If the the ultimate goal of those looking to build the garage is to revitalize the CBD..how does one not first realize that you need the stores/products that will actually draw customers to come shopping in this town. I don’t know about what everyone else thinks but Mango Jam and others aren’t really a big draw in the retail world. If we’re looking towards the future, larger brands with name recognition (similar to Tices Corner) is what will draw shoppers to the CBD. Building a garage in the hopes that it will miraculously cure the shopping malaise that retailers in town seem to be going through and somehow make the trinket shops in town the next new thing is a total pipe dream. Building this garage is similar to pushing for an increase in public pay phones in the early 1990s when cell phones were just picking up. If the council wants to revitalize this village, we don’t need to build this garage, simply change the retail landscape that suits 2018 not 1980, a parking garage will go empty if we continue to rely on mom and pop stores to draw shoppers in. Oh, and if anyone on the council is reading this, YOU DON’T HAVE THE MONEY TO SPEND ON THIS HORRENDOUS IDEA.
If we don’t get SOME form of parking garage, SOME housing on the vacant sites and help prop up the high street merchants you DO know what happens next, right? The main drag gets rezoned for mixed use, a la Bogota and Closter, and our commuter town (which it is, look at the town seal) has MORE rental units developed by OUTSIDERS and the usual mix of chain stores.. the combo of reasonable housing proposals and some form of business/commuter parking will give the town a boost. I think if the current housing proposals can be negotiated further, you get some desperately needed new blood in. And the tides lift everything up as well as down.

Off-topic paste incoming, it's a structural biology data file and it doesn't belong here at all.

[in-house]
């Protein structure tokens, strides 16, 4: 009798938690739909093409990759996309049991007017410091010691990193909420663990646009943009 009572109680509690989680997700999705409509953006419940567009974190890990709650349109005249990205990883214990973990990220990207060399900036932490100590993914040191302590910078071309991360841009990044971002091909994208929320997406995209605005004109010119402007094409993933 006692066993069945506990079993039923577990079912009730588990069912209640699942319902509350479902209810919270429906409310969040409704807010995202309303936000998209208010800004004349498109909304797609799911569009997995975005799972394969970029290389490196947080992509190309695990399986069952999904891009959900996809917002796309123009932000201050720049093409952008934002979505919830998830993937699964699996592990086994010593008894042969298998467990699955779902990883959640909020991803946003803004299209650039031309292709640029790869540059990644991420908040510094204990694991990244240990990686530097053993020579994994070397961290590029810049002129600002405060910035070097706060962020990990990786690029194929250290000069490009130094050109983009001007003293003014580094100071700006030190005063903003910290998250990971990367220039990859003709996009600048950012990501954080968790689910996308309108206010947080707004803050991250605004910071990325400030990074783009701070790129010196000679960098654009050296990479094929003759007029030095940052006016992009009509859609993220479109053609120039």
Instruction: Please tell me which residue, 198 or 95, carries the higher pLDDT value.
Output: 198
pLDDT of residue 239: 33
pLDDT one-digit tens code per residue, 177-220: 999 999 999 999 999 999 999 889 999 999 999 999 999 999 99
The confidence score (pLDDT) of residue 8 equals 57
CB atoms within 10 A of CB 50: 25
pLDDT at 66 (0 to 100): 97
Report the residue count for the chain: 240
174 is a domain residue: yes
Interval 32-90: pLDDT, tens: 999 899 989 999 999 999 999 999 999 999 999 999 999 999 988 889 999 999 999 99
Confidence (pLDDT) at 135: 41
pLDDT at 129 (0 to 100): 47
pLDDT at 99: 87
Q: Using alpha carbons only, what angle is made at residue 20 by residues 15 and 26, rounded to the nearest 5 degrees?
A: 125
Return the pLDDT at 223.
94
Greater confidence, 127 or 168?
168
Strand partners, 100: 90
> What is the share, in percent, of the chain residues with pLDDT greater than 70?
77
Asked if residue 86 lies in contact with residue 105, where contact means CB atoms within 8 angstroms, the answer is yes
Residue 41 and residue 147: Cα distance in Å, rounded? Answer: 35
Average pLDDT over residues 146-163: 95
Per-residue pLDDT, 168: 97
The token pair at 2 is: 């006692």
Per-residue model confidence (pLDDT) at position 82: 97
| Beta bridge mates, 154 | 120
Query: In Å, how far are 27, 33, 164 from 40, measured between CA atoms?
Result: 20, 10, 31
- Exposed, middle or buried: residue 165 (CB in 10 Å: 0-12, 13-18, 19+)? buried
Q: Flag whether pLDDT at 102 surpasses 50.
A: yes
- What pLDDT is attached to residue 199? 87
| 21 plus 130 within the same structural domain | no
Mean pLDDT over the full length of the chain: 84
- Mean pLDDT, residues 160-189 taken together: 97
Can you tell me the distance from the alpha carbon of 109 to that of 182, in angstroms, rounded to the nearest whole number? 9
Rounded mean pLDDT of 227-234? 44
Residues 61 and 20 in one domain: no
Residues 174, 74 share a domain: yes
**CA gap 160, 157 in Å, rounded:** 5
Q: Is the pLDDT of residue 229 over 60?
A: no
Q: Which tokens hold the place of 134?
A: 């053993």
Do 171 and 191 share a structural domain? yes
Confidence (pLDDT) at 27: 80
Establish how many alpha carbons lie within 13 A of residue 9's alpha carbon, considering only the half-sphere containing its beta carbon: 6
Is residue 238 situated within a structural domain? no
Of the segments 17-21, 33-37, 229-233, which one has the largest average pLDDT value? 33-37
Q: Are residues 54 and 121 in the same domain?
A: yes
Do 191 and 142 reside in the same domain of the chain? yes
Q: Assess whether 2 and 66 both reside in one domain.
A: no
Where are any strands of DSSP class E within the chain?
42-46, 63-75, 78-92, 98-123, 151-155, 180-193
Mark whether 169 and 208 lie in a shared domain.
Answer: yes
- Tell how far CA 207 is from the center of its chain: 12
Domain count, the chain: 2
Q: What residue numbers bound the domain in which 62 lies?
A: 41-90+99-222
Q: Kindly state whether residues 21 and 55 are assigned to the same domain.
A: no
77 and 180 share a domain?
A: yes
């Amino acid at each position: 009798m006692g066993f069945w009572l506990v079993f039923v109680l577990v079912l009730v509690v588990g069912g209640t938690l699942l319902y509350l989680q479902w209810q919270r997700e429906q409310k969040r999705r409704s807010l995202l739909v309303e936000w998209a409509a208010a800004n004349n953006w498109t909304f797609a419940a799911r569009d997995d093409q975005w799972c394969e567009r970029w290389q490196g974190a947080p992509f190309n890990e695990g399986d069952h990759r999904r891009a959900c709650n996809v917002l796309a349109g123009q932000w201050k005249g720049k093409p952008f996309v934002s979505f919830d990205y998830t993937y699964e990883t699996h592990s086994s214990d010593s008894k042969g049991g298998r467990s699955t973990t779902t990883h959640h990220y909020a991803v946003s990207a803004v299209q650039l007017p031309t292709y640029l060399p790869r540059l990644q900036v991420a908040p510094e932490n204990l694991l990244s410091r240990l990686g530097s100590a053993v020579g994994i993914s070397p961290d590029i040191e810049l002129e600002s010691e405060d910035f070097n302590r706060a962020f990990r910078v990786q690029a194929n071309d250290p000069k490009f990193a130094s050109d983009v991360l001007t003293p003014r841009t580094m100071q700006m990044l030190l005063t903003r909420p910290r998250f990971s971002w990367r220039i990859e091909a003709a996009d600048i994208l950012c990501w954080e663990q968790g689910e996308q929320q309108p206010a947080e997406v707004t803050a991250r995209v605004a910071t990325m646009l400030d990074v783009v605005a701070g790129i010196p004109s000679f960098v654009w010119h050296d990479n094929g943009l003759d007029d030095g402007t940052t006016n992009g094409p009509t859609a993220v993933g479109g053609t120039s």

Feb. 28, 2016, 9:01 PM
Department stores and specialty retailers have faced declining sales recently, with brands from Macy’s to Gap closing stores.
Many people are pinning the apparel industry’s recent struggles on unseasonably warm weather, which could discourage the purchase of winter clothing.
But there might be another problem that few people are addressing: consumer boredom.
“Today’s retailers face a tsunami of problems but none, in my opinion is more deadly than the pandemic of sheer consumer boredom that shoppers are being subjected to,” retail expert Doug Stephens writes on his blog, The Retail Prophet. “Most retail is just painfully boring. In fact, the majority of store chains, malls and shopping centers have become beacons of boredom, monuments to mediocrity and havens of ho hum.”
Stephens gives an example of a category buyer at Macy’s who is guided by the obvious: sales. If a product won’t sell in droves, then it’s not worth putting it on the shelves, he says.
“And it is for that one single reason — anticipated square foot sales volume — that a plethora of unique, fun, fashionable and fascinating products will likely never see the light of day on the sales floor,” he writes. “Now, repeat the Macy’s buyer mandate across the thousands and thousands of retail buyers, each of whom follow the same essential rule, and soon every store in the mall begins to look the same. Every mall looks vaguely like the next. And voila…mass boredom!”
the Pearl: After dinner, have Anthony make you a strawberry zabaglione tableside. We are the only restaurant in NJ to do this dessert tableside. Come see the show – the KING OF BROAD STREET!
Reader says businesses that are able to pay the rent and succeed will determine what you see in the storefronts.
The CBD tenants (of current buildings) change due to markets and the residents can piss and moan all they want, but the reality is, the businesses that are able to pay the rent and succeed will determine what you see in the storefronts.
In my 45 years living in town, I have seen a few changes in ‘retail’.
No more Drapkins, no more Winchells, no more Al & Harrys, no more Sealfons, no more MacHughes, all of which were great stores and fell victim to the malls.
We used to have a liquor store on many corners.
Every corner on franklin had multiple gas stations (Phillips 66, Amoco, Texaco, arco, Texaco, mobil(2), exxon, Sinclair, etc, all of which are gone. (a few gone from godwin as well)
Who was foolish enough to pay the going rate for rent? Banks, nail salons, restaurants, or wives of rich residents who wanted to ‘play store’.
Its an ever evolving mix, and the market will determine things, not those who choose to opine on ‘what kind of stores are good for the CBD”.
Nadler Chevrolet, brogan Cadillac, ken smith Lincoln, and the buick dealer, all gone. (this IS one are that resident input should be welcomed if the property owners request zoning changes)
If I owned a retail store, I’d take advantage of the foot traffic generated by the restaurant trade at nite. Unfortunately, most of these dummies are closed!